Update: unfortunately, Amy decided to end the Kickstarter early due to insufficient funding, but hopefully she’ll try again! I really want to eat these mochi…
Look at these luscious hand-made mochi! I found this Kickstarter via Have You Nerd? and, readers, I need this in my life. Amy’s Mochi is fundraising to cover the costs of starting up in Seattle – kitchen equipment, website, marketing, research and development – with the intent to sell them at weekly events (farmers’ markets) and/or pop-up shops.
After an ad in The Stranger peaked our interest for Bainbridge Organic Distillers, we finally had a chance to visit the distillery on Bainbridge Island a couple weeks ago. Up until my visit, I don’t think I had ever had vodka or gin straight and enjoyed it. “Common knowledge” holds that gin is gross on its own, and as a friend put it, “doesn’t vodka taste like burn-y water?” (For more on good gin and how to enjoy it, check out “Banish the Tonic: Why to Drink Straight Gin.”)
My family was super excited to see New Belgium Brewing (Ft. Collins, CO) has finally made it all the way out to Cincinnati. Conversely, I’ve actually been really excited about the Cincinnati (and Ohio!) beer Renaissance, so I tried three very different local winter ales while in town this year.
During Dragon Fest, I headed over to the Wing Luke Museum of the Asian Pacific American Experience. Although I had initially gone to see the art exhibitions, I also discovered that the museum includes the storefront of the former Yick Fung Co. grocery, preserved as it was when it closed in 2008. The store was run by James “Uncle Jimmy” Mar (1914-2012), who donated the building that now houses the third incarnation of the Wing Luke Museum.
One of the aspects I hadn’t anticipated as much regarding my culture shock expectations was adjusting to Americanized- and fusion Japanese food, especially for foods that I encountered for the first time in Japan. This isn’t to say that American-Japanese food isn’t delicious–quite the contrary–but it can be a bit alarming at times to see sushi rolls cooked tempura-style (why?) or cilantro in your temaki (YES). If nothing else, it serves as a reminder of my relative inexperience with the Japanese home cooking when I left to study abroad in university and the problematic nature of the idea of a food’s authenticity.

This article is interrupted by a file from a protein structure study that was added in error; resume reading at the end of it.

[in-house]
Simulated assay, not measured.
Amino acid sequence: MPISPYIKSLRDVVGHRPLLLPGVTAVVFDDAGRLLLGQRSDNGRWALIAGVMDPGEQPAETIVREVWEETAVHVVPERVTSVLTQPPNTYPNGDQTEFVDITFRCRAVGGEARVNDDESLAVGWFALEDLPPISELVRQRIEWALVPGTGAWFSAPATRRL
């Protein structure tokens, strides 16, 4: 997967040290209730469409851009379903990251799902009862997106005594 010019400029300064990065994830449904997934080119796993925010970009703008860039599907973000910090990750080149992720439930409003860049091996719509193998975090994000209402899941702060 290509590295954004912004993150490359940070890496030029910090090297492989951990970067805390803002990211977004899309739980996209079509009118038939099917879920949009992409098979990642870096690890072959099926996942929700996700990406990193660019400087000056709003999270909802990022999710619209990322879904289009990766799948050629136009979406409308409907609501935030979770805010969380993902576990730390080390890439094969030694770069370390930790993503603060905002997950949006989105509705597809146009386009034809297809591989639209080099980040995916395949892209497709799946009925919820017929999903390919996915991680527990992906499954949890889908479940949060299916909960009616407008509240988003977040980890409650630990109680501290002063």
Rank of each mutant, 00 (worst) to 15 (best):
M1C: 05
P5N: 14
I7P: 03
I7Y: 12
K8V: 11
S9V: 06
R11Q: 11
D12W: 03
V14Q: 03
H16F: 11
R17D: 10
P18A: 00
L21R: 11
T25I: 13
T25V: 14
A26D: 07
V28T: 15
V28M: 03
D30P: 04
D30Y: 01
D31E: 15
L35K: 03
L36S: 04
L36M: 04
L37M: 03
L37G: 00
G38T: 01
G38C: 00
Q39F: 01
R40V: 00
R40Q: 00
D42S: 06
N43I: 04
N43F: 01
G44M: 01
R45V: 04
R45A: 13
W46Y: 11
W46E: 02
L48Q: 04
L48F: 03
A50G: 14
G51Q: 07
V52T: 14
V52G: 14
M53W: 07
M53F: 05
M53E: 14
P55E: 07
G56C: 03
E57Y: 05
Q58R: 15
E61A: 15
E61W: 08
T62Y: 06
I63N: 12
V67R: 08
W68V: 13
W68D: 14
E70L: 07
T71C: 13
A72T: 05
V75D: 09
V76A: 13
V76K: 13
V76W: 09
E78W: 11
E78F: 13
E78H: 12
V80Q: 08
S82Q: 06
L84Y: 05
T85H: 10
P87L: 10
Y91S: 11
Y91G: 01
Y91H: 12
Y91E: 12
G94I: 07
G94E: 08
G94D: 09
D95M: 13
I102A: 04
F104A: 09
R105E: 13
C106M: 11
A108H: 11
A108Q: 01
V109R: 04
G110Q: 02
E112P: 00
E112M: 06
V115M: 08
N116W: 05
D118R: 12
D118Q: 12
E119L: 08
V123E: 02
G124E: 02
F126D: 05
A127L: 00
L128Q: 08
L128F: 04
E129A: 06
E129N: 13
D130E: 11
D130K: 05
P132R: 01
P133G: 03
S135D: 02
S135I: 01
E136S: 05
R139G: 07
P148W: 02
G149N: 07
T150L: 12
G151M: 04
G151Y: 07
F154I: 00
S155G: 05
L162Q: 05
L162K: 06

Dragon Fest is an annual celebration of pan-Asian cultures held in Seattle’s International District.
There’s taiko performances, dragon dances, and, of course, food:
During my first week here, my friends took me out to some of their favorite brewpubs (and some new ones) and for once in my life, I’m grateful for the jet lag, since it’s the perfect “excuse” to drink all the coffee. Came to the right city for that!
I missed you, cheese! I missed you, sandwiches!
Malga Gelato (マルガジェラート）
Locations (3): Noto-cho, Nonoichi, Kanazawa
Now that summer’s on its way to Ishikawa, I wanted to share some of my favorite places to get ice cream (gelato and soft serve) in Ishikawa.
Malga is, hands down, my favorite gelateria in Ishikawa. Continue reading
What I Ate in Nagano, Day 1: On the Road to Yudanaka Onsen (長野の名産を食べる旅：第一日）
What I Ate in Nagano, Day 2: Yamanouchi (長野の名産を食べる旅の第二日：山の上)
On our last day in Nagano, we went to see Matsumoto Castle and drove through Hakuba and Miasa on the way back to Kanazawa.
Craft beer wasn’t the only delicious thing I had on my trip to Nagano. Let’s recap!
I haven’t had a fever in so long that I’ve forgotten what it’s like to feel like my brain is leaking out of my ears. While I’m holed up on the couch with obscene amounts of tea and a Sherlock marathon, I thought you all might like to see a handful of food photos of my recent trip to Chicago, where I attended the wedding of my husband’s creative partner in crime.
Just a note: these photos are of some of the places we ate prior to the wedding. Unfortunately, I was apparently too busy eating and hanging out with people to get any shots of the food at the wedding itself. (Perhaps someone will kindly lend me some….) It was so much fun: unique venue, amazing local food, great atmosphere, but the best part was the people. The couple’s friends are a group of absolutely brilliant minds–both in terms of degrees conferred as well as sheer abundance of creativity, wit, and geekery. I’m so happy that you’ve become my friends, too!
The wedding venue
In addition to the great food and drinks at the reception, the ceremony was beautiful. The couple and officiant took time to address the fight for marriage equality*; wedding-gift donations were given to a number of worthy charities, including The Trevor Project.
Speaking of which!: this week in the US, a record number of openly LGBT candidates were elected to our national and state governments, and four states–four!–with homogamous marriage issues on the ballot came out in favor of marriage equality.
Onto the food!